Mexico's Alamar is quite nice, and quiet, and a real pleasure. It's about three generations fishing together, primarily, and I don't want to say much more about it other than you'll get a better familial vibe in this one than Micmacs, but that's not saying much either. And the picture that Roger Ebert's highlighting at his event, Julia, takes place in part in Mexico, despite starring that British wonder woman, Tilda Swinton, as an American. There's borderlines of all kinds in that film, which I love, and am tempted to see again on film instead of on Netflix Watch Instantly. More exciting, though, is the screening of I Am Love, which boasts one of the best trailers I've seen in recent years, which I've watched approximately fifteen times. If you haven't watched it (if I haven't forced it on you yet), I'm embedding it below.
[You can also watch it in even higher quality over here.]
I love this thing for a few reasons. First of all, I love Tilda Swinton. Next, I like a lot of the images, with all those colors and all those hesitations, but I also like the words chosen to let through, like "fabbrica" and that little speech Waris Ahluwalia gives to close the spot. The close, too—and the clothes—that rush of multiple zooms—is a thrill—and scored so well, as is the whole spot. I also like stories about temptation, and lust's complication of love, as much as I love stories simply about love. And a Vertigo shout out? Sure hope the movie lives up to my anticipation. To say the least.
Moving along, but sticking with the editing theme, the one Live & Onstage event that really has me excited is the Walter Murch "State of Cinema" afternoon. Murch is a smart man and I've never seen him talk, though I hear he's been talking around the Bay a lot of late, so I may stop by that to hear what this once-pioneer sees in a "prehistory" of cinema of his own design/imagination. Maybe he'll have some things to say about the current festival, too, and where he sees good form. Hell, maybe he's seen the Rivette and he can say something about what it's like to whittle things. Which is what I'm going to do to this preview post right now.
The point is the festival is practically upon me and us and it should be fun, full of great films I'm happy to finally see after skimming so many articles and closely reading a few others. If anything, it'll be worth it for those New Wavers and their wacky attacks on what's cinema. Is is all a show? Does it need an audience? Is it the neon haze from the marquee carried inside and glossed onto the screen? Is it clownish? Is it creepy? Can I see it all?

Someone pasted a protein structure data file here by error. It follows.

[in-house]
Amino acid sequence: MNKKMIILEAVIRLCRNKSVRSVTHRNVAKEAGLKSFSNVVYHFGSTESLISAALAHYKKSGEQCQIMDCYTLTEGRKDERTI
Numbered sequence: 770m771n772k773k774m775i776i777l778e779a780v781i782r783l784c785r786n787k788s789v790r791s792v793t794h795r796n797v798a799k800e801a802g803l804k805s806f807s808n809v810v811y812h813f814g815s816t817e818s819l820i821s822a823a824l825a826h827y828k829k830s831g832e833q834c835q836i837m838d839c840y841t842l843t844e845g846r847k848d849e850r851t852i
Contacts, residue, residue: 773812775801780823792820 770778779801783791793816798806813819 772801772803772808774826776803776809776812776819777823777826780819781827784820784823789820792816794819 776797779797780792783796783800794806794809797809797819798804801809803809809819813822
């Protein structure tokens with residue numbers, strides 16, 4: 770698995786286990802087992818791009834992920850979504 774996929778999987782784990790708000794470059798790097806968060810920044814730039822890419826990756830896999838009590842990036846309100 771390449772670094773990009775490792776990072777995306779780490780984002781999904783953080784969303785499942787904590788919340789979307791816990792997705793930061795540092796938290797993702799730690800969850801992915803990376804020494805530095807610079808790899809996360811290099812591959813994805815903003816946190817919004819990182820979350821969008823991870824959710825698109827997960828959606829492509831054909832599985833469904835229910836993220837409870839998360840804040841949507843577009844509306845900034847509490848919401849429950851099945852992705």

Last year, my pal Mark Haslam was still living and teaching in California and he covered SFIFF52. You can click here to read what he wrote. This year, now that I'm back home after a wild ride around the country in 2009, I'm happy to have my credentials and my sanity (or some) and enough free time (or some) to follow suit. Like Mark, I'll use a catalog-count as I write my way through the festival. Unlike Mark, though, you might see some of my coverage at places other than VINYL IS HEAVY; that is, in addition to the words I write here; but more on that later. If you see some goof who looks like this walking around the festival, don't hesitate to say, "Hi," and compare notes over some coffee.
Wednesday, April 14, 2010
by Ryland Walker Knight
—I see people
This episode was worth my time, I'll tell you what. Consistently hilarious, somewhat surprising, an all around good time with three beers in my belly. Things started out great with that goofy (but not quite goofy enough) video celebrating Hurley for his generosity, but things got kicked up a notch when he said he had an event the next night at "The Human Fund," nodding at Constanza's fake charity, and signaling just how "false" these sideline stories may in fact be. Or, perhaps, that this idea of charity, this vision of a more perfect universe, is in fact a lie. No surprise there, I suppose. But funny to think it's a nod to the best sitcom ever that does this for us (for me!) here.